Sunday, April 24, 2011

Big changes in Medicare appear to be inevitable

Obama calls for slowing growth of Medicaid, Medicare to reduce deficit Apr 13
By Jack Torry, Washington Bureau
12:53 AM Sunday, April 24, 2011
WASHINGTON — No matter which sides prevails in the intensely ideological and partisan debate in Washington over the mushrooming costs of Medicare, one thing is certain: The program as we know it is in for big changes.
“Everybody admits doing nothing is not an option,’’ said Michael Tanner, an analyst at the CATO Institute in Washington.

In particular, they contend that health costs continue to rise because of the increase of such diseases as diabetes, caused in large part by preventable conditions such as obesity. They say that until hospitals and physicians become more efficient in preventing and treating the chronically ill, U.S. health care costs will continue to soar. read more

Sunday, April 17, 2011

Ryan, Obama both fail Medicare test

Updated: April 16, 2011 - 9:01 PM
They offer contrasting approaches, but there are flaws in each.

Wisconsin Congressman Paul Ryan deserves credit for putting Medicare's soaring costs front-and-center in the raging debate over the nation's runaway spending.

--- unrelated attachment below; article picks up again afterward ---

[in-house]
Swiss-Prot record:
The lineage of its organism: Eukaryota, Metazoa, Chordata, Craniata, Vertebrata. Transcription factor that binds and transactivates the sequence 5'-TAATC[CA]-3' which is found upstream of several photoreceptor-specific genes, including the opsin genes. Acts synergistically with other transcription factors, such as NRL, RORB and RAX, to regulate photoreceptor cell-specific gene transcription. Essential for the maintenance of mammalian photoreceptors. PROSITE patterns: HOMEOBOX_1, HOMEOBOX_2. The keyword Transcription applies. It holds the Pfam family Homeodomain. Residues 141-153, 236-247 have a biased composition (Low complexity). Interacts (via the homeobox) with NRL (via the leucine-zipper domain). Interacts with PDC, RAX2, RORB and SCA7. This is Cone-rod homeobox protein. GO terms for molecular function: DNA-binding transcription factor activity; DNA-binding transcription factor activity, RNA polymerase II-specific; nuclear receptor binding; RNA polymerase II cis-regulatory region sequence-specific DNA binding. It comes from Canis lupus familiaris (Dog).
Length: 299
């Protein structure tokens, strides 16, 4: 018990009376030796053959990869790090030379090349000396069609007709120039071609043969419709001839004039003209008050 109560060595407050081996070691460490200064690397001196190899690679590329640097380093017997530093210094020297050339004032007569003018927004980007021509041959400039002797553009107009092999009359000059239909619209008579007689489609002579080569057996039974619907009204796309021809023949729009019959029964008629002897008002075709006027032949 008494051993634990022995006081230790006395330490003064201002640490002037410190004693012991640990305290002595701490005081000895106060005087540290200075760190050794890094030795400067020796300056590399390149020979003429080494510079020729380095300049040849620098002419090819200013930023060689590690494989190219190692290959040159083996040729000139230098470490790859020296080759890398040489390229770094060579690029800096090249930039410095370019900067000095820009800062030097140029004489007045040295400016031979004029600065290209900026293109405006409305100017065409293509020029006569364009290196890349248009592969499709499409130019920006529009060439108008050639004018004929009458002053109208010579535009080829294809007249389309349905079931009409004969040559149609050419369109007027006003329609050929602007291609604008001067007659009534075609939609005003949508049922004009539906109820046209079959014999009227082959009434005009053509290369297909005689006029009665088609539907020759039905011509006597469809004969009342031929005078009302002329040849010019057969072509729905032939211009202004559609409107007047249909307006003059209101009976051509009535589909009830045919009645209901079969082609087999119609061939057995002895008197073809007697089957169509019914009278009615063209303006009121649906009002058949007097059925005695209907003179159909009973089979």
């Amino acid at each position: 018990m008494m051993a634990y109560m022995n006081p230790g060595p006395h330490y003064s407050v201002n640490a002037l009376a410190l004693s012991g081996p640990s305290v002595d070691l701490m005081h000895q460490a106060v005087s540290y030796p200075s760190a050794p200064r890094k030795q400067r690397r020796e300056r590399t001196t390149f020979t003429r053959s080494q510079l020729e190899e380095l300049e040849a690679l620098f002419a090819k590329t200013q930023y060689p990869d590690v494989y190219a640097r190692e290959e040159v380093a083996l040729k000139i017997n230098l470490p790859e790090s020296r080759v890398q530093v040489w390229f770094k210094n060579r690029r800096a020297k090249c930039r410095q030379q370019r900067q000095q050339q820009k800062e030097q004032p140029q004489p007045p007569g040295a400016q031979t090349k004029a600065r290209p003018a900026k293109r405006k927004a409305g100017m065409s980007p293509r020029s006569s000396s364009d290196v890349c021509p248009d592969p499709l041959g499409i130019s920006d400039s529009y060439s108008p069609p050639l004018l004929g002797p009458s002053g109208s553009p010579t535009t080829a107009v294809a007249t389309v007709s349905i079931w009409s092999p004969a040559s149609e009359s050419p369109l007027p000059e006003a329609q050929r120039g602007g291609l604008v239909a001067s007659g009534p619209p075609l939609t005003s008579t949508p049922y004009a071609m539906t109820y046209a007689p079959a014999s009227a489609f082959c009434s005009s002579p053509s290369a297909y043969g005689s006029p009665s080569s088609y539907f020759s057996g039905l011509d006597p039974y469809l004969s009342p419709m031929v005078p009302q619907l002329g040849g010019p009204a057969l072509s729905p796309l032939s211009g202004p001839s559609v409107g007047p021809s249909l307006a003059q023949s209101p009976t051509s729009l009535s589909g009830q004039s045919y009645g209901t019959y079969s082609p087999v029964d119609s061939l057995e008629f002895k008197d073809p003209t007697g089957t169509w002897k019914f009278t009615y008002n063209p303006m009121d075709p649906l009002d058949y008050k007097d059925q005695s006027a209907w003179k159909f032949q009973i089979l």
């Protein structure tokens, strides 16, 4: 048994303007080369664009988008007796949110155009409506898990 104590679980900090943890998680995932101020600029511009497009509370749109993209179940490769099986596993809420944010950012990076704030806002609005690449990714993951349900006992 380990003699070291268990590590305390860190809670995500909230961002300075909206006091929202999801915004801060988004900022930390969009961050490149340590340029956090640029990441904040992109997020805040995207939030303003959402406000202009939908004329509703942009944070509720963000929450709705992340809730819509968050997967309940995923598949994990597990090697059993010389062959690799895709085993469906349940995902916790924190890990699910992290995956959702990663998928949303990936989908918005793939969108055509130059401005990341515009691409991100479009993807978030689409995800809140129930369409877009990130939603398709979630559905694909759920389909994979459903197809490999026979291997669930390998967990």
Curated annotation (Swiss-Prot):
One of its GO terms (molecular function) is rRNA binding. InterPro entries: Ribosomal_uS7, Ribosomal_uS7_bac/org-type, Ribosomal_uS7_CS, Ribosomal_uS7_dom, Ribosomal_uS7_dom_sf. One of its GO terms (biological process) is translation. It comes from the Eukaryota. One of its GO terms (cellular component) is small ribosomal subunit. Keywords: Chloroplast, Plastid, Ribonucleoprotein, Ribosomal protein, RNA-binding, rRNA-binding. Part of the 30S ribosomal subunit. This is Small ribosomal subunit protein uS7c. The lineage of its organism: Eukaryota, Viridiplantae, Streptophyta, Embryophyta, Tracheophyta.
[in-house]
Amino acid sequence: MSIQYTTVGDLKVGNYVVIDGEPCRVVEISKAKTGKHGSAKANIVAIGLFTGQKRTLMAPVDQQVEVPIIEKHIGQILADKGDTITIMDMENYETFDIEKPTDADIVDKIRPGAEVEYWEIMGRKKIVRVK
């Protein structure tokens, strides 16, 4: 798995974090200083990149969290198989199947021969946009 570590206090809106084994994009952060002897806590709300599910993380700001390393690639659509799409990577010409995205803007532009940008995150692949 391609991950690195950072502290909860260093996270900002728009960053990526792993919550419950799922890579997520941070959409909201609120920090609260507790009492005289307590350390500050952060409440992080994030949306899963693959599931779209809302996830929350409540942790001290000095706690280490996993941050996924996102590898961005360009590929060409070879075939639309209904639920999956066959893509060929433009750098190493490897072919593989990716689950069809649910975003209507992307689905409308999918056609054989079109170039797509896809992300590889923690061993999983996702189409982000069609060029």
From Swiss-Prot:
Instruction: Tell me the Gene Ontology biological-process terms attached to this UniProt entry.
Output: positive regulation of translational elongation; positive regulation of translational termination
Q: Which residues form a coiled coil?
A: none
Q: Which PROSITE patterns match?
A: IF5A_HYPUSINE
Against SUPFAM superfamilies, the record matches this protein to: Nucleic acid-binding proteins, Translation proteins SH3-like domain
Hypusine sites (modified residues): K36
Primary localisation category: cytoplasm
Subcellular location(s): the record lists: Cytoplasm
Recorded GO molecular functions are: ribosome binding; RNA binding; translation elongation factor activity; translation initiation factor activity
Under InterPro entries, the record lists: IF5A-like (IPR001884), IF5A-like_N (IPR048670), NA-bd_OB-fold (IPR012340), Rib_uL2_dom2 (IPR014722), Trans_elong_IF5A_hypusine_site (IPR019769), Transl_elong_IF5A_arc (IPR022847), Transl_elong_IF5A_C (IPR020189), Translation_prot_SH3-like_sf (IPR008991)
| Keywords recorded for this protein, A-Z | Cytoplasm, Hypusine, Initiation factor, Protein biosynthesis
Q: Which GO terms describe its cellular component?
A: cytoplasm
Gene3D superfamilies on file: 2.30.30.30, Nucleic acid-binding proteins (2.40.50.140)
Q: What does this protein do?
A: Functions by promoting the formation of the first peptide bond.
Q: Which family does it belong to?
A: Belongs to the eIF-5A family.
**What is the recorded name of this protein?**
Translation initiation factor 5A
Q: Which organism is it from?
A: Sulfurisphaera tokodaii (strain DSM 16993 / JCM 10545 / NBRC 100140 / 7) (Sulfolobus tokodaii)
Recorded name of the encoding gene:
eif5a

But his prescription for fixing the federal health program for the elderly -- Ryan's plan would provide subsidies to buy private health insurance -- is too harsh and would shift unaffordable care costs onto seniors

The reality is that Medicare's current costs are an existential threat to the program. The total Medicare bill in 1999 was $212 billion: Ten years later, it had increased to $502 billion as the baby boomers prepared to retire.

Obama's speech offered reassuring but vague rhetoric about Medicare's future. He's right that there are alternatives to Ryan's plan, which paints in stark detail what it means to rein in entitlement programs without a tax increase.

But the president needs to provide details..

Now the president and his party need to do the same. The nation can't afford to wait until after the 2012 election..

"When Roosevelt invented Social Security, it was not designed to lift the old out of poverty. It was designed because the cost of caring for the old was crushing middle-aged families. One of the questions that needs to be asked here about the [Ryan] plan is not how does this affect the old, but rather what are the Gen-Xers and -Yers going to do when Grandpa's medical bills come due? Because they're going to come due.''read more

DR. STEVEN MILES, Minneapolis physician and bioethicist